How Does Business Valuation Work In Divorce Cases?

In Minnesota, when divorcing spouses own a business, the value of that business may be considered marital property subject to division during the divorce proceedings. Business valuation is the process of determining the fair market value of a business or business interest.

Here are some key points to consider regarding business valuation in divorces in Minnesota:

  • Expert Opinion: Business valuation typically requires the expertise of a professional such as a business appraiser or forensic accountant who specializes in business valuations. The court may appoint a neutral expert or each spouse may hire their own expert to assess the value.
  • Standard of Value: Minnesota uses the “fair market value” standard when valuing a business. Fair market value is the price at which a willing buyer and willing seller, both having reasonable knowledge of the relevant facts, would agree to complete the transaction.
  • Valuation Methods: Various approaches can be used to determine the value of a business, including the income approach, market approach, and asset-based approach. The specific method used depends on the nature of the business and the available financial information.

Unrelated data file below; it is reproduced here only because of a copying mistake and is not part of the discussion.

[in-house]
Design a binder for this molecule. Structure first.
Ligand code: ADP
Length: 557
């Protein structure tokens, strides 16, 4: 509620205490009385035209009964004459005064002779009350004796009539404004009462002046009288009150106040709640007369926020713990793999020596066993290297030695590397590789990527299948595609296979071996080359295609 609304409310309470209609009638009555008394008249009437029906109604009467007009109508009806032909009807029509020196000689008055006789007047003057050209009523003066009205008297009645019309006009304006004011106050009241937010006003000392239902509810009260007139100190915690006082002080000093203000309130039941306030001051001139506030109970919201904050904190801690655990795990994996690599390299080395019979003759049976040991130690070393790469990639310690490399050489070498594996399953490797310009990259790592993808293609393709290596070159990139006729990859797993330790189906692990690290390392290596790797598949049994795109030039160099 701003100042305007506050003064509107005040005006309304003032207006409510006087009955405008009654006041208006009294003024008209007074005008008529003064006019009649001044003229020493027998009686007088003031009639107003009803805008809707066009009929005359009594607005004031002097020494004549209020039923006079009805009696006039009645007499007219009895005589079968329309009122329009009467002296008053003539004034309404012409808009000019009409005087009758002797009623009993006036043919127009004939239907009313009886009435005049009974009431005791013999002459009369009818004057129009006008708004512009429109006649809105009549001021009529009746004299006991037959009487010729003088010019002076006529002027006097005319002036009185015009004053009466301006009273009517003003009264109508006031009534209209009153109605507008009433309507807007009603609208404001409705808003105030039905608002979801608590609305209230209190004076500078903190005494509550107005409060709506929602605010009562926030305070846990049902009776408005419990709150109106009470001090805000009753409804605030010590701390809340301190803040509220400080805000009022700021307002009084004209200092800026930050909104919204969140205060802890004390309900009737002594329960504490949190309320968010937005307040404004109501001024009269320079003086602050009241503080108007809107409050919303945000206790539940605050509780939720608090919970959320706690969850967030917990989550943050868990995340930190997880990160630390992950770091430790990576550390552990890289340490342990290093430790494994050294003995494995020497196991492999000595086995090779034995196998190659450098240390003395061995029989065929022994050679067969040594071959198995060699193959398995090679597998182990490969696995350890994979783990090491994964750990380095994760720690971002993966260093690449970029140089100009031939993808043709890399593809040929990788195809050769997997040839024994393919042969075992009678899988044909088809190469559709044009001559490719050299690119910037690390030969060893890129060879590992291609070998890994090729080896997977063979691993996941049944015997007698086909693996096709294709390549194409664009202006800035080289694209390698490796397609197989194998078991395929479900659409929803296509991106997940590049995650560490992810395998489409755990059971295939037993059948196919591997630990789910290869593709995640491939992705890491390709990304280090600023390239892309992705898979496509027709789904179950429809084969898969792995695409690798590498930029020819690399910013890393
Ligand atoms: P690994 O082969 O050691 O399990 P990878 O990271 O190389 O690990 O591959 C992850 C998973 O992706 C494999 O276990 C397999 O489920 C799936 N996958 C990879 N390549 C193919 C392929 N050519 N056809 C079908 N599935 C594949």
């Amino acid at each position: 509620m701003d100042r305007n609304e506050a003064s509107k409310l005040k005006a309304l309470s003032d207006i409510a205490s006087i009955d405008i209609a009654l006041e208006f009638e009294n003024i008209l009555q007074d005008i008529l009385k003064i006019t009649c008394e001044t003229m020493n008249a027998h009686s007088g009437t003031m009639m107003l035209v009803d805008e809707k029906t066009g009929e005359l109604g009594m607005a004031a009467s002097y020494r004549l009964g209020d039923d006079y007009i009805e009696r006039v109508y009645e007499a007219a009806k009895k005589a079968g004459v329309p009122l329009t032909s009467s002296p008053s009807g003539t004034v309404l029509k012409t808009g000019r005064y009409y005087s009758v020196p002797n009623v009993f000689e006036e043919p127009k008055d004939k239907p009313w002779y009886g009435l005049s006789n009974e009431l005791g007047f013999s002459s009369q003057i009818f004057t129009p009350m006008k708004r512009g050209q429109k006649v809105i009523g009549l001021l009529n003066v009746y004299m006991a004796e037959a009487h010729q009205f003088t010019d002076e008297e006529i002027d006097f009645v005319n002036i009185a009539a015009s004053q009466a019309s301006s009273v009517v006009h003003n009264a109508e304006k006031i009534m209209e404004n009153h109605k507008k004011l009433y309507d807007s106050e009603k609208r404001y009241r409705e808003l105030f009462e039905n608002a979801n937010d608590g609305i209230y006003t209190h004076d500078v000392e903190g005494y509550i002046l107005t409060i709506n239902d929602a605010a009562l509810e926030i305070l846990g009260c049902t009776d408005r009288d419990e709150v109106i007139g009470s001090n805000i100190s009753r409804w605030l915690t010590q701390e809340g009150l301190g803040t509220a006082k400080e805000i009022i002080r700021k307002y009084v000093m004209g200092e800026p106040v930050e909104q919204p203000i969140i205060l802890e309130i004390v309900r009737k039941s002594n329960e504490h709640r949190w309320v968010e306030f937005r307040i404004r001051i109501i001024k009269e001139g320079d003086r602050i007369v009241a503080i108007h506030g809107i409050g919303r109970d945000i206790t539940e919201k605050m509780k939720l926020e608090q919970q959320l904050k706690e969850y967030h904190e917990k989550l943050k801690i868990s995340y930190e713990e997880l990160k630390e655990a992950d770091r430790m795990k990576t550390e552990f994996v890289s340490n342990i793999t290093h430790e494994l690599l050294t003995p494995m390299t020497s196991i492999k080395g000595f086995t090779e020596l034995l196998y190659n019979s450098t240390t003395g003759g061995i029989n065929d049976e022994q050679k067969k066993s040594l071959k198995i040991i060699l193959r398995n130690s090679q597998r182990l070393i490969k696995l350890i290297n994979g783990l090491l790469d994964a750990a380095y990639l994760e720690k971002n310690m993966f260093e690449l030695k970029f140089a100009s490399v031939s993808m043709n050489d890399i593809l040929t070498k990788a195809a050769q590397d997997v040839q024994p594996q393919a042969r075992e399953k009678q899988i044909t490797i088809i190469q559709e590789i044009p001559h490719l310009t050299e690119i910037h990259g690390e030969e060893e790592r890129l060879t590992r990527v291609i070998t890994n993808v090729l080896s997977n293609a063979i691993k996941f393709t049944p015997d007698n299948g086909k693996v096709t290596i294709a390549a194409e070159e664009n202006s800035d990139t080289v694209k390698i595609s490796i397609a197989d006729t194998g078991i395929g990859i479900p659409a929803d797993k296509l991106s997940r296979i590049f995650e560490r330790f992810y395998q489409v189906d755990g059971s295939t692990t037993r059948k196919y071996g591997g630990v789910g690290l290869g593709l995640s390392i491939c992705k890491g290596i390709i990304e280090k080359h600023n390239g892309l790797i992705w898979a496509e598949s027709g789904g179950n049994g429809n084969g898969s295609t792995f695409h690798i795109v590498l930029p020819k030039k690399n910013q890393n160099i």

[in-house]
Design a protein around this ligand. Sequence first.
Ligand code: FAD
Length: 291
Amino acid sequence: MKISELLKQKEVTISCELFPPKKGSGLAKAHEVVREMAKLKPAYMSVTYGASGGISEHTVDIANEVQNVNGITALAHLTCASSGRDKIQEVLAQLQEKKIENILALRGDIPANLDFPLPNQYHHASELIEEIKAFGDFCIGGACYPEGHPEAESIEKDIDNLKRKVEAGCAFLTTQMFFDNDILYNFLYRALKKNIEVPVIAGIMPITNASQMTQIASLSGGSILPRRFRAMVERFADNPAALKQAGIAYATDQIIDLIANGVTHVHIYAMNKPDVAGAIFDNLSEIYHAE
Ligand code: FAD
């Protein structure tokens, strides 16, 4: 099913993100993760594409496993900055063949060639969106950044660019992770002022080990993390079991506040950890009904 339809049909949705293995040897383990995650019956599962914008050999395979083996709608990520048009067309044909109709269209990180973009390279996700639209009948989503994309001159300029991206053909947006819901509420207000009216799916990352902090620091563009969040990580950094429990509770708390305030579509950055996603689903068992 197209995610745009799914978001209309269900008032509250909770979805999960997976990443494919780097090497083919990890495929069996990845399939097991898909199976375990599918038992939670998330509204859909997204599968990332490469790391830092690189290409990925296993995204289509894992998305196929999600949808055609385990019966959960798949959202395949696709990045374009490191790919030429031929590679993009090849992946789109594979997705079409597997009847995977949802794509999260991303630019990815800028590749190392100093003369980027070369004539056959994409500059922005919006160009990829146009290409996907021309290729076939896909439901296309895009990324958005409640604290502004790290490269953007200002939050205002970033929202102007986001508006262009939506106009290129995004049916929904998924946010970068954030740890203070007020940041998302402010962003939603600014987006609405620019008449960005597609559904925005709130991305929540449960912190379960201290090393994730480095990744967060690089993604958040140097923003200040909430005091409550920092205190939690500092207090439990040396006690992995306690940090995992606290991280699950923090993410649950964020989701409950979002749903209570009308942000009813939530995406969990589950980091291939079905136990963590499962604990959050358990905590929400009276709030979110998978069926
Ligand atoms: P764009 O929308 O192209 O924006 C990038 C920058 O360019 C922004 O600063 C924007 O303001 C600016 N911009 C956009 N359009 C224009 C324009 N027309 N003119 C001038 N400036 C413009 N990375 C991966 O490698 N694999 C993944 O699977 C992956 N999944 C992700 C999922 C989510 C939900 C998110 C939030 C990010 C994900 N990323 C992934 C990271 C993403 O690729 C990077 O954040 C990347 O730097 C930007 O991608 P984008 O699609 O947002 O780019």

• Financial Statements: Financial statements, tax returns, and other relevant documents are typically required for the valuation process. These documents help assess the business’s assets, liabilities, cash flow, profitability, and growth prospects.
  • Goodwill and Intangible Assets: In many businesses, a significant portion of value lies in intangible assets like goodwill, reputation, or intellectual property. Evaluating and assigning a value to these intangible assets can be complex and may require expert analysis.
  • Discounts and Premiums: Depending on the circumstances, discounts or premiums may be applied to the business value. For example, a discount for lack of marketability may be considered if the business interest is not easily sold or transferred.
  • Consideration of Other Factors: The court may consider other factors, such as the extent of each spouse’s involvement in the business, the business’s historical performance, economic conditions, and any potential risks or future prospects.

It’s important to note that divorce laws can vary, and the specific rules and procedures for business valuation may differ depending on the individual case and the court’s discretion. Consulting with a qualified family law attorney in Minnesota will provide you with the most accurate and up-to-date information regarding business valuation in a divorce.